The Barton Butterfly, circa 1812

Valerie-Anne Lutz is Head of Manuscripts Processing, where she supervises a team of archivists who make new collections available. She...

Preserved between the pages of a pamphlet in the APS Library is a small yellow butterfly, which may have been placed there over 200 years ago.

APS Library fellow E. Bennett Jones was paging through a partial pamphlet among the notes of physician and natural historian Benjamin Smith Barton at the APS Library and noticed something unusual: a small yellow butterfly, intact except for being folded with both wings together. Above it was a small brown stain in the shape of a butterfly across the two facing pages.

wide image of yellow butterfly in book

Intrigued by the find, Dr. Jones brought the butterfly to my attention and noted that the pamphlet appeared to be a portion of Barton’s Flora Virginica (1812). Based on a comparison of the text, I determined that it was indeed a portion of this book.

After posting a photo of the butterfly on Facebook, I received comments from two butterfly aficionados, Mark Holland and Monica Borrin Flint, who had been tagged in the post by a friend. Holland said that it looked like a lesser albatross, or Appias wardii, a small butterfly of the family Pieridae, or yellows and whites, which is found in India.  Flint noted that it was interesting that the pages listed “plants beloved by pollinators such as monarda. A botanical book. No coincidence the butterfly was placed here.”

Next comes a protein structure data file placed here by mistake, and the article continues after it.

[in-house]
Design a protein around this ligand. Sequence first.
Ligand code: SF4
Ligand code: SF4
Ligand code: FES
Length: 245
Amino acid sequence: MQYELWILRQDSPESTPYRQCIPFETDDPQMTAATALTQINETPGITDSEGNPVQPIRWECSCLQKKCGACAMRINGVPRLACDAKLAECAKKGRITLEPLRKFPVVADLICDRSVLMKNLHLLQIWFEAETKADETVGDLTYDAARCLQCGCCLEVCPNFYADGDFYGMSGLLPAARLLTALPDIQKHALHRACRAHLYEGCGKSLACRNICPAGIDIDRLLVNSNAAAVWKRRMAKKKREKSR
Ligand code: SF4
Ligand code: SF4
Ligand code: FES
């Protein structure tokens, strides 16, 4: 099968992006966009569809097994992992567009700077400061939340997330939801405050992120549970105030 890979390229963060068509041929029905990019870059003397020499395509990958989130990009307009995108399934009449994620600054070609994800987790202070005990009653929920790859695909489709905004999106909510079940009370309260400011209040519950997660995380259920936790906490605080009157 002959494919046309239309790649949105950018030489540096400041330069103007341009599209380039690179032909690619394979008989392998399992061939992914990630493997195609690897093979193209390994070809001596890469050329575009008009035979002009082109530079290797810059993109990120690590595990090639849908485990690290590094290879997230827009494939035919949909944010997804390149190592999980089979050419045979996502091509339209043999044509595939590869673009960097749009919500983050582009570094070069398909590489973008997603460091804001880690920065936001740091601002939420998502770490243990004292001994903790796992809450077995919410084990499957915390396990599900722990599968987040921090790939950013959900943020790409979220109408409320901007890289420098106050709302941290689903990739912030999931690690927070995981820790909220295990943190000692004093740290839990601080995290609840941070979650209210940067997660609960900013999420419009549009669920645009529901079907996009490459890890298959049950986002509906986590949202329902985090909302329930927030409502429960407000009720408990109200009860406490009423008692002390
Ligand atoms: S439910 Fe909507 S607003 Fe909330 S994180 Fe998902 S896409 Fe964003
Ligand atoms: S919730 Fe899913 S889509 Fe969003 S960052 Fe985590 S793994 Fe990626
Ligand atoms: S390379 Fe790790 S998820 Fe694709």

A comparison with images of the Appias genus shows similarities. It is not known whether Barton placed the butterfly there or whether it was done later by a family member before the papers arrived at the APS.

The primary concern of APS staff was to find a way to properly house and keep intact the remains of this small creature. Its survival, possibly for 200 years, without any housing other than the pages of the pamphlet, was against all odds. We did not want to take the chance that a future quick turn of a page or handling the pamphlet upright could cause the butterfly to fall out and/or crumble. We also wanted to preserve the record of the location in which it was found, preferably by housing the butterfly with the item in which it was found.

Head conservator Anne Downey researched several options and found a solution: a suspension storage box, to be placed in a conservation board housing with the pamphlet. Ms. Downey removed the butterfly from the pamphlet by gently lifting from below with closed tweezers and placing it in the suspension storage box, which includes a raised bed that holds the butterfly in place, flat against the top lid when it is closed.

The butterfly now may be viewed with the pamphlet, without any danger to the integrity of its wings. 

butterfly lifted with tweezersbutterfly in clear plastic box

 

More from the blog

Estelle Markel-Joyet
American Philosophical Society
Anisha Gupta